Cochem (pop. 5,000) is a small town situated in a curve of the valley of the Moselle (Mosel in German). It is capital of the district Cochem-Zell, and the smallest district capital in Germany.
A traditional German town with half-timbered houses and an exceptionally scenic location, Cochem has much to please.
The most compelling attraction is the romantic Cochem Castle (Reichsburg Cochem), perched on a steep elevation dominating the town. Built in 1051, it was destroyed with most of the town by the troops of Louis XIV of France in 1689. The castle wasn't reconstructed until the 19th century.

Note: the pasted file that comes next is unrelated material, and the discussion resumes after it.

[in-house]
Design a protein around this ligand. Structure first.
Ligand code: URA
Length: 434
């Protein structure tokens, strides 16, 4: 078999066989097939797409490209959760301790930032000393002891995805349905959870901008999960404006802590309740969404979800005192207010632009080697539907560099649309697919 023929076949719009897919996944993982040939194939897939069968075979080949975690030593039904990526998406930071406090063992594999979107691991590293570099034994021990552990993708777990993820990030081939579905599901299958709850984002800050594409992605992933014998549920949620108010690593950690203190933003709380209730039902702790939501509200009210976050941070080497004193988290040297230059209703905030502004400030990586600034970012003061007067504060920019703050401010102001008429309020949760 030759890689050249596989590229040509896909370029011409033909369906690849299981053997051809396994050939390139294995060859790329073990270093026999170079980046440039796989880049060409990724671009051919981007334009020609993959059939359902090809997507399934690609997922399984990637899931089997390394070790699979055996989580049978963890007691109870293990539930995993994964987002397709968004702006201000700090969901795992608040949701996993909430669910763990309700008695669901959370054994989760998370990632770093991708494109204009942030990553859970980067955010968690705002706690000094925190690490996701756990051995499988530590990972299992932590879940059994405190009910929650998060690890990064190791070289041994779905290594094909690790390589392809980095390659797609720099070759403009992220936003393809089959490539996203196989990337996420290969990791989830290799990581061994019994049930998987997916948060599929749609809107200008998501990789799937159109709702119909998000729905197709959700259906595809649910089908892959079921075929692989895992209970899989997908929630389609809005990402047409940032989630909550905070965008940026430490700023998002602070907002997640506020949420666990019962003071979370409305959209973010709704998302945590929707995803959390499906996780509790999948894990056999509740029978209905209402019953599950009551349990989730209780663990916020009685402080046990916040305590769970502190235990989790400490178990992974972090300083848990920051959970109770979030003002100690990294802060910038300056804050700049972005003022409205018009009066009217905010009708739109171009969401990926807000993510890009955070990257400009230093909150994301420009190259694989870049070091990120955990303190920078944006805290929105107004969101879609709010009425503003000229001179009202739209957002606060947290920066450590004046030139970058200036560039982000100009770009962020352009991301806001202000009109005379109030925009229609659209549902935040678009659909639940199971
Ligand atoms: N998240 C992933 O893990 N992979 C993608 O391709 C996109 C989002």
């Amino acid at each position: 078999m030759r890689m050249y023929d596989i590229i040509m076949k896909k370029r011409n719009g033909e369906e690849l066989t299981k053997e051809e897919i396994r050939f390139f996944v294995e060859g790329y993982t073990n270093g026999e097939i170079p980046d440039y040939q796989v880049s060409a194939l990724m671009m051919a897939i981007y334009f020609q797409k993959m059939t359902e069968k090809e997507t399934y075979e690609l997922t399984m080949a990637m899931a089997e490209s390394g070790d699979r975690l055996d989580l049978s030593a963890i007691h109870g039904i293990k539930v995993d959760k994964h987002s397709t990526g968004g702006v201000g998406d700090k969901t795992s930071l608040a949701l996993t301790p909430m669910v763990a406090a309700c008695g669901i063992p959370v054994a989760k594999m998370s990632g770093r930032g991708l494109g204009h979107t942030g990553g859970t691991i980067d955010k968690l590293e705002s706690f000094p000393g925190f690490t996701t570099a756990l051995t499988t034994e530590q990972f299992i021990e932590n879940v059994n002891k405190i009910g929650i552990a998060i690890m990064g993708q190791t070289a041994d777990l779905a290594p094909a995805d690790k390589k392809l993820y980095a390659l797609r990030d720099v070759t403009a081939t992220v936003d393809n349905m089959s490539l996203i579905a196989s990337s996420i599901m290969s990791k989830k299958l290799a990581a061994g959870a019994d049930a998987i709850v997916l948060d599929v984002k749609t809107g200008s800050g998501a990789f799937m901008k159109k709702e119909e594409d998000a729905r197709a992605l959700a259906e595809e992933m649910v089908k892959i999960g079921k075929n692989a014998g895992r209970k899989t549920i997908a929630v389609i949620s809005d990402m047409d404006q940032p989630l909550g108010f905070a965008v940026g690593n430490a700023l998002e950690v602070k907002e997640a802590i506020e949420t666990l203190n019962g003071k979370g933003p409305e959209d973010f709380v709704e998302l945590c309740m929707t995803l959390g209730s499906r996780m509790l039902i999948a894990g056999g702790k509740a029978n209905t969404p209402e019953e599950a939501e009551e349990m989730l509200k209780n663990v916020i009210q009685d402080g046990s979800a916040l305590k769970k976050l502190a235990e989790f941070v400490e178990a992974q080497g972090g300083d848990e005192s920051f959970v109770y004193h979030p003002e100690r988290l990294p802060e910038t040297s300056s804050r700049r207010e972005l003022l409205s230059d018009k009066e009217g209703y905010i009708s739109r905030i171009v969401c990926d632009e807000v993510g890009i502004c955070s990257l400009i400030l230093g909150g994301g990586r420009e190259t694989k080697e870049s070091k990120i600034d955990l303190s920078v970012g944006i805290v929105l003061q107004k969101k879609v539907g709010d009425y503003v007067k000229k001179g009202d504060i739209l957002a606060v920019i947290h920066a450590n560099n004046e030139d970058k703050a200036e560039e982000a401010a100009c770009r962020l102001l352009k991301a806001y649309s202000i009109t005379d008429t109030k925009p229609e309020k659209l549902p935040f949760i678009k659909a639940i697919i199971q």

Walking around town sampling its atmosphere is the best way to enjoy it. Buildings of interests include the town hall, the St. Martin church, and Balduinstor (a town gate). The nearby ruins of Winneburg castle are also worth a look. There is an elevated passenger ropeway to the Pinnerkreuz, from where one can contemplate the panorama on the Moselle.
Access & Orientation
Cochem is situated between Trier and Koblenz.
You can either follow the B49/B53 road along the Moselle River (most scenic option), or take the E44 (A48/A1) motorway between the Koblenz and Trier, until exit 2, then go down the hill on the B259 road.
There are direct local trains from Luxembourg (1h45min), Trier (50min to 1h10min), Koblenz (40 to 55min), Bonn (1h20min), and Cologne (1h45min).